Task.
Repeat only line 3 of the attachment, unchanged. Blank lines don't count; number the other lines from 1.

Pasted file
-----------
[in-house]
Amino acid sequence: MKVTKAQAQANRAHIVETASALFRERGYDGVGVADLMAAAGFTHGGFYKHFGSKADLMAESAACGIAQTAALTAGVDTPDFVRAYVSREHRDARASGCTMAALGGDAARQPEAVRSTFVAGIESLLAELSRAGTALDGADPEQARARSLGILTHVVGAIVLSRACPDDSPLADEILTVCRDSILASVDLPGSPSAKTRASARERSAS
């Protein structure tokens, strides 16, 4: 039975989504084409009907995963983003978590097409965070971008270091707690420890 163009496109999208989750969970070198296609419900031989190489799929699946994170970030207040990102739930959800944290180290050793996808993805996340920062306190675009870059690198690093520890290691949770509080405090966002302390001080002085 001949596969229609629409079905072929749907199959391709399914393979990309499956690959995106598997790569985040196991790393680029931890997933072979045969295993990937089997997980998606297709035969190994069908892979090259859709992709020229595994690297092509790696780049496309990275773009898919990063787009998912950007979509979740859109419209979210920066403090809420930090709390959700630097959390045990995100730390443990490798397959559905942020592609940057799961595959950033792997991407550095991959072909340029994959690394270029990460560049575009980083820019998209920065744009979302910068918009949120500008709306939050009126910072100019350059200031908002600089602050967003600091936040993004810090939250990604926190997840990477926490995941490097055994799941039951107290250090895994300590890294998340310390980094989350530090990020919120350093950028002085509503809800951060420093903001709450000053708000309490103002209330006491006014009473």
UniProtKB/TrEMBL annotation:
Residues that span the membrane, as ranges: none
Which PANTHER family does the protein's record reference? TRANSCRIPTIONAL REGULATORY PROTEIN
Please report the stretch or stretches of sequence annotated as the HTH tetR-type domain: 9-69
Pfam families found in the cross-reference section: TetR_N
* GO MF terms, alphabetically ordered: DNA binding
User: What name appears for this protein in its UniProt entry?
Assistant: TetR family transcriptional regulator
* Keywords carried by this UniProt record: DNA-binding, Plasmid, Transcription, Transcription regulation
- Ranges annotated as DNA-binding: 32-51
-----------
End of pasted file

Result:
């Protein structure tokens, strides 16, 4: 039975989504084409009907995963983003978590097409965070971008270091707690420890 163009496109999208989750969970070198296609419900031989190489799929699946994170970030207040990102739930959800944290180290050793996808993805996340920062306190675009870059690198690093520890290691949770509080405090966002302390001080002085 001949596969229609629409079905072929749907199959391709399914393979990309499956690959995106598997790569985040196991790393680029931890997933072979045969295993990937089997997980998606297709035969190994069908892979090259859709992709020229595994690297092509790696780049496309990275773009898919990063787009998912950007979509979740859109419209979210920066403090809420930090709390959700630097959390045990995100730390443990490798397959559905942020592609940057799961595959950033792997991407550095991959072909340029994959690394270029990460560049575009980083820019998209920065744009979302910068918009949120500008709306939050009126910072100019350059200031908002600089602050967003600091936040993004810090939250990604926190997840990477926490995941490097055994799941039951107290250090895994300590890294998340310390980094989350530090990020919120350093950028002085509503809800951060420093903001709450000053708000309490103002209330006491006014009473």